- Specialize and focus on defining your ideal client. Once you have every detail about your avatar, consider his or her wants, needs, pain points, challenges, etc., in everything you do, and include that in your business planning.
When you get braces, do you go to an orthodontist or a general dentist? When you need a hip replacement, do you go to an orthopedic surgeon or a general surgeon? You want someone who specializes in the service you need, right?
Then why, I ask, would you be the general real estate practitioner in your area? Admittedly, I did this for years. It’s my fault, and my income was mediocre at best.
When I decided to specialize, get focused, define my ideal client and connect with her on a deeper level, my business changed and became more fulfilling.
So stop being afraid to choose a specialty. Every minute you wait to do this you are losing money.
Why you need to define your ideal client
You’re building a business based on helping people buy and sell real estate. What kind of people do you want to help? Who is your dream client? If I asked you right now to define your dream client, could you do it in detail?
You need to know exactly — down to the minor specific details — who this person is and personalize with this individual (your avatar) in your mind so that you connect like a best friend and know him or her inside and out.
When you define your dream client, you match your marketing and business to that person. Your perfect client, or avatar, should be represented by one person. You should even google an image that reflects this person and give him or her a name.
Three amazing things happen in your business when you nail down the specifics of your ideal client.
- You become a person of value, not a person of success.
- You become an expert in your field, and your niche market chooses you to do business with.
- You stop trying to look perfect, and you start being a real person who connects with others.
Here’s how I define my ideal client:
My dream client’s name is Mary. She’s 36 years old and married or with a partner. Together with her partner, she has a $250,000 income.
Her kids are under the age of 14, which makes her mornings tough. Getting the kids up and off to school while getting ready for work and taking care of breakfast and the dog — if only she lived a little closer to her work so she could take the public transportation.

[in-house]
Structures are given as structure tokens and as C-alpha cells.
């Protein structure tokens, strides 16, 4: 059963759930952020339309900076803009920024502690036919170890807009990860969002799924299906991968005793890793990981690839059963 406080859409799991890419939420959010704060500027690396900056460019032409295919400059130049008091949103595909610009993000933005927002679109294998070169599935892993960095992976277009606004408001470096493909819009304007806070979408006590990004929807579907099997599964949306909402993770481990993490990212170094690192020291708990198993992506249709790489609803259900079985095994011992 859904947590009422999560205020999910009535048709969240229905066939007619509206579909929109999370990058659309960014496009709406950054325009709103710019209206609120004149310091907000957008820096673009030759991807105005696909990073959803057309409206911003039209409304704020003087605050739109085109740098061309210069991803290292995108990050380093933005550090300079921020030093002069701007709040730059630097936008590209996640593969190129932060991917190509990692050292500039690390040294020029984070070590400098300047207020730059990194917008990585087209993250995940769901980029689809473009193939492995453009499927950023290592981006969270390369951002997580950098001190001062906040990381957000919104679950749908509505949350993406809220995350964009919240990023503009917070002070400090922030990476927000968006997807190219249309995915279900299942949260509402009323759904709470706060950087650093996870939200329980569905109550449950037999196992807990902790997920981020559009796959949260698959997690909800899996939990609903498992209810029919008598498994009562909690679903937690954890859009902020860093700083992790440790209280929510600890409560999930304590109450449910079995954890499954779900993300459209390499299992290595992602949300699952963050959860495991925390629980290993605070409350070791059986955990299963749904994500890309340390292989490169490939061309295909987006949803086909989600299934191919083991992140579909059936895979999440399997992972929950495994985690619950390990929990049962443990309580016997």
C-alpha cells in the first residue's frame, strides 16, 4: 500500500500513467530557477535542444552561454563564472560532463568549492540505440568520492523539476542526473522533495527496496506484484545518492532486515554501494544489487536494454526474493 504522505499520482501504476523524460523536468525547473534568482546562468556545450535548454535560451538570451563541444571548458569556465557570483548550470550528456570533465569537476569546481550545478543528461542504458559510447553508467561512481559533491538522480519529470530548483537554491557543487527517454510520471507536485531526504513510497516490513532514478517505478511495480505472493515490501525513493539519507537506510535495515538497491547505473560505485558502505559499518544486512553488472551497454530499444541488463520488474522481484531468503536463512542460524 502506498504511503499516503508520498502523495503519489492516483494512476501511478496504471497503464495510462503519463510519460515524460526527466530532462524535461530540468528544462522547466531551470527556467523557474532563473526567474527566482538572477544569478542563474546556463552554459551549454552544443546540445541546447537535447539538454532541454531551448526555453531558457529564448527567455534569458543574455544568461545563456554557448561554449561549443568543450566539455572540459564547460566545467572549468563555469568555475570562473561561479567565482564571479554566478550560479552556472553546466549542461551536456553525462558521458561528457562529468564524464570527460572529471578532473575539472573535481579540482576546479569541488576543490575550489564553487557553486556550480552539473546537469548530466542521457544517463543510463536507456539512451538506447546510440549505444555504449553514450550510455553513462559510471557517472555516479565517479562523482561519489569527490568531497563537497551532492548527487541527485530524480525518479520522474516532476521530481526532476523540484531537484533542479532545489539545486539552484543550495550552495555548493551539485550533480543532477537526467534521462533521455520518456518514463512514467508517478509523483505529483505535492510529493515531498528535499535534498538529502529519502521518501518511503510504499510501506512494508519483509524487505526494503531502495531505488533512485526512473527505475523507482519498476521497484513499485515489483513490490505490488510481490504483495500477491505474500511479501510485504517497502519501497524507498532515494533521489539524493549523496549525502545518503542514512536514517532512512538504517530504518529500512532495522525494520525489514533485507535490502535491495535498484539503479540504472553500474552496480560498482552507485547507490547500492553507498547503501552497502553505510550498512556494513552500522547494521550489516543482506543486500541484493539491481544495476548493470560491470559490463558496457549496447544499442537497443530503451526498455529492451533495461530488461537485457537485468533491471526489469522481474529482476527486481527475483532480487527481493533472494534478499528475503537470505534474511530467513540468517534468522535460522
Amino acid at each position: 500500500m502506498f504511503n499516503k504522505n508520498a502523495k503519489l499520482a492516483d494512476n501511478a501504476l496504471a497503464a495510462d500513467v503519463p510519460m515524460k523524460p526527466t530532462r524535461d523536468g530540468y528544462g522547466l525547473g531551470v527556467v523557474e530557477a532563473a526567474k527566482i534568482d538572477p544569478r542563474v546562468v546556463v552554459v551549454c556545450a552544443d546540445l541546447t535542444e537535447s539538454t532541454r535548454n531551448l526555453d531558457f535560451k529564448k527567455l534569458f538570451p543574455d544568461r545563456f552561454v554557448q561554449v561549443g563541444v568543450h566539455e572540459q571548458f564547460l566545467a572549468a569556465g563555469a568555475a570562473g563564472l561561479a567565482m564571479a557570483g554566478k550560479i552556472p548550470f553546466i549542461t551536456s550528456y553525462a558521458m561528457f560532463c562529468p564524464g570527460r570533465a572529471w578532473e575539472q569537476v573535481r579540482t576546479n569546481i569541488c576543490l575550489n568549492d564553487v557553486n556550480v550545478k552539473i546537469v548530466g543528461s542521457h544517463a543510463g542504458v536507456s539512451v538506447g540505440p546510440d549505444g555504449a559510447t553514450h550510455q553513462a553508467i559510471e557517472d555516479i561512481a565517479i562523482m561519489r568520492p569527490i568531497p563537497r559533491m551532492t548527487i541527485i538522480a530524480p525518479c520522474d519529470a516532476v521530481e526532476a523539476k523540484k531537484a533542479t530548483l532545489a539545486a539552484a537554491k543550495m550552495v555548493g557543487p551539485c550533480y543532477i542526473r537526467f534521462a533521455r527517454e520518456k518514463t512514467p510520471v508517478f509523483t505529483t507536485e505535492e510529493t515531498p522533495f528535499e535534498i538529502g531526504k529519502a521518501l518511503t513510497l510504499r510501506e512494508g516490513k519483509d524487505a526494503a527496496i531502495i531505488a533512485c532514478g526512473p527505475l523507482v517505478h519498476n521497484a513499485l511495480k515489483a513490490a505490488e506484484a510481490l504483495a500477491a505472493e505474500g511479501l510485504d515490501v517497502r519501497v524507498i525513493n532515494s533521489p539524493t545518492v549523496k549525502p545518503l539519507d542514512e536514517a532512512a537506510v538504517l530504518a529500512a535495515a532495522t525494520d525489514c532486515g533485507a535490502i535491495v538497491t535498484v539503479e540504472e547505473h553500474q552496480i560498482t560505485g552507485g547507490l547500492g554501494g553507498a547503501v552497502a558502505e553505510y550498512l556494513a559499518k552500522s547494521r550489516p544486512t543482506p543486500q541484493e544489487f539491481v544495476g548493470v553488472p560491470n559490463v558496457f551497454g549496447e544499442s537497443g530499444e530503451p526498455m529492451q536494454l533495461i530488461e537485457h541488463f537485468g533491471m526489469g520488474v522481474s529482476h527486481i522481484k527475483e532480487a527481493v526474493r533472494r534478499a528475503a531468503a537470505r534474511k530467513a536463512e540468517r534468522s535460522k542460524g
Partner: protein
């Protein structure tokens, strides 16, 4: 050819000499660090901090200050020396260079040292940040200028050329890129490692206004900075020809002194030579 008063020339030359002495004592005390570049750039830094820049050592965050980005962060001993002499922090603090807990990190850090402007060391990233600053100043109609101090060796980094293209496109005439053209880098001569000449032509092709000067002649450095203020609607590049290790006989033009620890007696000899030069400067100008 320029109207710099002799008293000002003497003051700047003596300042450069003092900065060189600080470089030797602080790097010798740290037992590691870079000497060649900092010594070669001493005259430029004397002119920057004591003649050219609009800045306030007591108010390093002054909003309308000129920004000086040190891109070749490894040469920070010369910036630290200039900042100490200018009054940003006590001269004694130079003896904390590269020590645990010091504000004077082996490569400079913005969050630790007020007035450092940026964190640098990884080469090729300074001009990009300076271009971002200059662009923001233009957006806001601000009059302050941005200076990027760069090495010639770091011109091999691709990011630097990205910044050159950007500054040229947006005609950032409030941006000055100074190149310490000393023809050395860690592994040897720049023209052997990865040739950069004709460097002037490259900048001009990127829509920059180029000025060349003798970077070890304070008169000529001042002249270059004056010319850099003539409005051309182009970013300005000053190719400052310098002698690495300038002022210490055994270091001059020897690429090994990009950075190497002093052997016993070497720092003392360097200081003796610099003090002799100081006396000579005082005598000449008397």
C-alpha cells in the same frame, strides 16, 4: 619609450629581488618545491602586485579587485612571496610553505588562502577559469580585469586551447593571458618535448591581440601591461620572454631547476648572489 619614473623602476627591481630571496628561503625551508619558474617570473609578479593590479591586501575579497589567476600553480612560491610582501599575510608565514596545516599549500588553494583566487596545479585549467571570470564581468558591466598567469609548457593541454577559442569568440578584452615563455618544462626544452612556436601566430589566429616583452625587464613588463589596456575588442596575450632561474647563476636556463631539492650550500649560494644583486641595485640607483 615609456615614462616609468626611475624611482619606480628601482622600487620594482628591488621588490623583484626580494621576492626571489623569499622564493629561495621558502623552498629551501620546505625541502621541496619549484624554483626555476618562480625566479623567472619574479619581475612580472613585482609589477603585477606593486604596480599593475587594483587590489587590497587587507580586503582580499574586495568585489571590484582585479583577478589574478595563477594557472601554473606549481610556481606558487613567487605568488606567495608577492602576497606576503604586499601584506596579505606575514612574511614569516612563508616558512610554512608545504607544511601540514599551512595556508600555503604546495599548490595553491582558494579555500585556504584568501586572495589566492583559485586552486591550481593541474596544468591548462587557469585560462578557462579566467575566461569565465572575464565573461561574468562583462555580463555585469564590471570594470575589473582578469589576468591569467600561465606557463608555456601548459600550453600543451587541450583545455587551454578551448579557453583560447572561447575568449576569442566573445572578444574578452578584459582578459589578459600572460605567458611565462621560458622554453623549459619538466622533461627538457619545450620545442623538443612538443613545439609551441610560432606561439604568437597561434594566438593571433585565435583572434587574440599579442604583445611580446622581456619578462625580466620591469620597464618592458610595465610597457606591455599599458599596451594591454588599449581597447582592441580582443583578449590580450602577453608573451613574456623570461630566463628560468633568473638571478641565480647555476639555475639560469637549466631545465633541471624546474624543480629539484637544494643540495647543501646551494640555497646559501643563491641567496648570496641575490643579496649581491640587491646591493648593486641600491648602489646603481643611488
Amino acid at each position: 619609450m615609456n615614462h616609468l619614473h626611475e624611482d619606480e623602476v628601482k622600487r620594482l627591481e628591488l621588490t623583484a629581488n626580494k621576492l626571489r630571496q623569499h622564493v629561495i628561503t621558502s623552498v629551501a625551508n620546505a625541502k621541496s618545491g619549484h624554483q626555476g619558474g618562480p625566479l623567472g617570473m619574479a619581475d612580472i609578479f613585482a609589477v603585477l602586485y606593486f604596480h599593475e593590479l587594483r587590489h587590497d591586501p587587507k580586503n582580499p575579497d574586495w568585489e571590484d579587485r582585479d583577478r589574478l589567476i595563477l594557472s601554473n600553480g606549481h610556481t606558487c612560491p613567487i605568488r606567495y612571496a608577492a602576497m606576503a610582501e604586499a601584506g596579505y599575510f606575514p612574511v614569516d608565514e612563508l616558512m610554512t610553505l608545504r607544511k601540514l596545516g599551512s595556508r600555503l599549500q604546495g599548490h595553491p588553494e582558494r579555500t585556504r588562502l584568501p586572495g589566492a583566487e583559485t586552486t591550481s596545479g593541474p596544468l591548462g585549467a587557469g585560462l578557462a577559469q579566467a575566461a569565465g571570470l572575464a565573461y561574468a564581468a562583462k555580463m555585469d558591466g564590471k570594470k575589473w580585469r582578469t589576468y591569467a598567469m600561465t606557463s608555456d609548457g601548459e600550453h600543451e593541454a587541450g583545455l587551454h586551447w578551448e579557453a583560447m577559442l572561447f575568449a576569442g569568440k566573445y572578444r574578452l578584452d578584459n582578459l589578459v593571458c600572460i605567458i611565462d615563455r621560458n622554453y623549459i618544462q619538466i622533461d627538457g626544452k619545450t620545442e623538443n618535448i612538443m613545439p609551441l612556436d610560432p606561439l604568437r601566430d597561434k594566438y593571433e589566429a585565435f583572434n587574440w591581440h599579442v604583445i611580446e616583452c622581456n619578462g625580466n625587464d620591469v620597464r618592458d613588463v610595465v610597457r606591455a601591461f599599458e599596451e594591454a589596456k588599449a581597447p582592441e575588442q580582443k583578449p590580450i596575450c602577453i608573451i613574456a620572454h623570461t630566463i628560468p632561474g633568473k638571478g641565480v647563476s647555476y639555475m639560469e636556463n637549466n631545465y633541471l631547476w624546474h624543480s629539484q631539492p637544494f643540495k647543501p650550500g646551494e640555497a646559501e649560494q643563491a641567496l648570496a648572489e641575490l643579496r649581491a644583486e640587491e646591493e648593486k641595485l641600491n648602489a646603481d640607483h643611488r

She’s an attorney, and her clients are always calling day and night. When she gets to work, she has a limited lunch break, so looking for a new home would have to fit into her schedule; when was the last time she even ate lunch away from her desk?
She needs to exercise more. She’s torn on whether to get a condo or purchase the single-family home she’s dreamed of, but the ability to workout without having to drive far would really make a difference in her life.
Having a yard for the dog or a nearby dog park would really take some of the stress off of her caring for everyone.
Afternoons are the toughest: the kids are home, her husband or partner works a lot and she has to think about dinner. She’s thought about getting groceries delivered, but right now, she doesn’t even live in a place where those services are available.
She and her partner or spouse want to live close to the city, close to entertainment, where they can feel the energy of the area in the air when they walk down the streets.
Decorating — good luck. Mary doesn’t have time for that, but she often entertains friends, so a new home would need some quick decorating ideas for a low cost.
Mary really wants to get her kids into private school for their high school years but hasn’t done the research to find out what is available.
She’s at a loss as to how this entire homebuying or selling process is going to go with her life challenges, and she needs big time help.
When I am putting information out or marketing, I ask myself, “What would Mary like?” and “Would this serve her best with regards to her challenges in homeownership?”
Every post, social marketing piece, call to action, mailing, newsletter, phrase, blog, website and verbiage caters to Mary. It should address her needs, pain points, challenges and successes so that all the Marys of the world call me to list or buy her home.
With this method, there is no mystery as to who you are attracting because your content reflects this person and speaks to their heart.
As a real estate professional, my niche market chooses to work with me based on my content and my business projects’ value to my potential clients. And my posts resonate with them because they are personal and connect with their individual challenges in life, work and home.
To help you begin clarifying your perfect client, download this “Find My Ideal Client” Worksheet. You should also reflect this in your business plan.
- Exactly where you received business from last year
- Where you want to receive business from this year
- How many people you need to speak to daily, weekly and monthly
- Where you will market
Knowing who you are targeting specifically will save you time, money and frustration and make you more money if you put in the work now to find clarity.
Also check out “How to create a complete business plan in 60 seconds” by Parkbench.
Cheryl Spangler is the principal broker and co-owner of FORBZ Real Estate Group located in Alexandria, Virginia (serving Virginia, Washington, D.C., and Maryland). You can follow her on Twitter or LinkedIn.